Picking the right rewards credit card
Written by Pira Kumarasamy

Thursday, December 8th, 2022

One way to get the most out of your credit card purchases and add a bit of wiggle room back into your budget is to have a card that offers a rewards program. Using that card on everyday eligible purchases could help your savings add up. Whether it's cash back into your account, or rewards points that you can redeem for travel, groceries or something else, there is a card for everyone. It just takes a bit of homework to understand which credit card might be appropriate for your circumstances, including your goals and financial needs.

Here are a few things to consider when selecting a rewards credit card.

Annual fees and interest rate

Before settling on a credit card, be sure to review and compare the annual fee, which can range from $0 to hundreds of dollars. Though one card might offer better loyalty rewards, the annual fee might not be worth the added savings. If you can't pay your balance in full each month, the interest rate will be important to consider too.

Also make sure that you make your payments on time and keep your budget in mind. Don't just use a credit card solely for the rewards but make sure it aligns with your financial needs and budget.

Redemption rate

Arguably the most important criteria when looking for a rewards credit card is the redemption value. This simply refers to how much cash back or points value you're getting back from each dollar spent. For instance, a straightforward cash-back credit card like the Tangerine Money-Back Credit Card or the Tangerine World Mastercard might offer up to 2% on certain purchases, while a loyalty points card may offer a set number of points per dollar spent. This return stretches even further when there's a accelerator applied – meaning that certain purchases like gas or groceries may offer double or even triple the points.

To compare and analyze cards, determine the value of your points. For instance, if 10,000 points is worth $10, and each dollar spent gives you 10 points, then for every dollar you spend, you get back $0.01, or a 1% return. This might compare to a 1% cash-back credit card, but now what if three times the points are offered on certain purchases like gas? The 3% return might then look favourable compared to 1% on all purchases.

Types of redemption

Beyond the earnings rate, it's important to review the available types of redemption. For instance, during periods of economic uncertainty when consumers may be traveling less and trying to manage their budgets, a cash back rewards card is one way to earn money back.

If travel is a priority, a travel rewards card could help you save on trips. Look into whether travel rewards are offered through credits to travel-related statement line items or if you must book tickets through pre-selected providers. Also keep in mind that some travel cards include commuter costs like bus passes as travel expenses, enabling holders to offset those costs through credits.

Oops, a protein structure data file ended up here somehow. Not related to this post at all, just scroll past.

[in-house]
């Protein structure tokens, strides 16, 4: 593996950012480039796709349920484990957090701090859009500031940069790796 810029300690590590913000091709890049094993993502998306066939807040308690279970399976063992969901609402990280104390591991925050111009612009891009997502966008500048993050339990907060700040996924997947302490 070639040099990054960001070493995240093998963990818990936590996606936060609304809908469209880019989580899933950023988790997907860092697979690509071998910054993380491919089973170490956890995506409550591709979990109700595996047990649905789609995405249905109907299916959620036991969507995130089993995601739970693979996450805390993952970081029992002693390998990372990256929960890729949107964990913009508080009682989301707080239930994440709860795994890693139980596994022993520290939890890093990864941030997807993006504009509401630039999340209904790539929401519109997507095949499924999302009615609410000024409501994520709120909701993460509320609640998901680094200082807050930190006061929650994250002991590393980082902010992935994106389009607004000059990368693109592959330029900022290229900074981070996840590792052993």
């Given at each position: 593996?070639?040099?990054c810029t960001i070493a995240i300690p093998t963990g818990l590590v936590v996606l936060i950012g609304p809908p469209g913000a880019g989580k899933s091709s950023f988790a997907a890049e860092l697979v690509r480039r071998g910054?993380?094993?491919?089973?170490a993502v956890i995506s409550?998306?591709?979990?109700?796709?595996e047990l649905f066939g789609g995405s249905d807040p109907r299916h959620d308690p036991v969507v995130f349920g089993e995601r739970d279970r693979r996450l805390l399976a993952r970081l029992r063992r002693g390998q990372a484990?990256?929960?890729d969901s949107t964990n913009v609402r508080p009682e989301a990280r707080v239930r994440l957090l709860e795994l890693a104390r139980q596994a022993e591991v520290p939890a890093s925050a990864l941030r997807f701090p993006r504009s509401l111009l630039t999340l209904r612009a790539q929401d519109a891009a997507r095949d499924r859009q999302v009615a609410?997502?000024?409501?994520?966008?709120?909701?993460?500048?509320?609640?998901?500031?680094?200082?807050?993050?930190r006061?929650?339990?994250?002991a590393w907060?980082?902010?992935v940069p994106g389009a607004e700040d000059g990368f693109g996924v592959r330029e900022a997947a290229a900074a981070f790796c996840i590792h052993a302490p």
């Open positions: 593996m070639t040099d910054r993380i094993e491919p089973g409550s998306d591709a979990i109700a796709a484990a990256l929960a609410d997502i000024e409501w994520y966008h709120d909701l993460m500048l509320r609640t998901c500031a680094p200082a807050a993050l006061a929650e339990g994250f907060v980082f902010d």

If rewards are in the form of products or services, it becomes less straightforward to compare rewards. If, for instance, the redemption options for a certain points level clearly vary in value, the obvious choice is to choose the item of highest value.

Loyalty “double dipping"

Double dipping is the holy grail for some credit card rewards. In other words, using a rewards credit card that is linked to a pre-existing loyalty program allows you to “double dip" and earn points at an even faster rate, although you should check with the credit card provider first to make sure it's allowed.

For example, if you're part of a loyalty program for your local grocery chain which provides you with points on your grocery purchases, then if you have a rewards credit or debit card linked to the program that provides a multiplier (e.g. 3X the points) on groceries from that chain, you'll receive points through the loyalty program itself plus the credit card. Before you know it, you can start getting free groceries when you redeem your rewards every few trips.

Card consolidation

By "putting your eggs in one basket," or consolidating all your spending onto one or two cards, you may be able to get to higher redemption levels more quickly — rather than spreading yourself thin on several different credit cards.

Credit cards may help you save on your purchases through loyalty programs and help you track your spending. No matter what card you choose, spend responsibly, pay off your balance in full each month, and watch the rewards accumulate.

Other card benefits

Many credit cards offer benefits beyond loyalty rewards. Be sure to do a deep-dive and review all the additional perks, which could include things like car and/or travel insurance, purchase price protection, additional warranties, and more.

 

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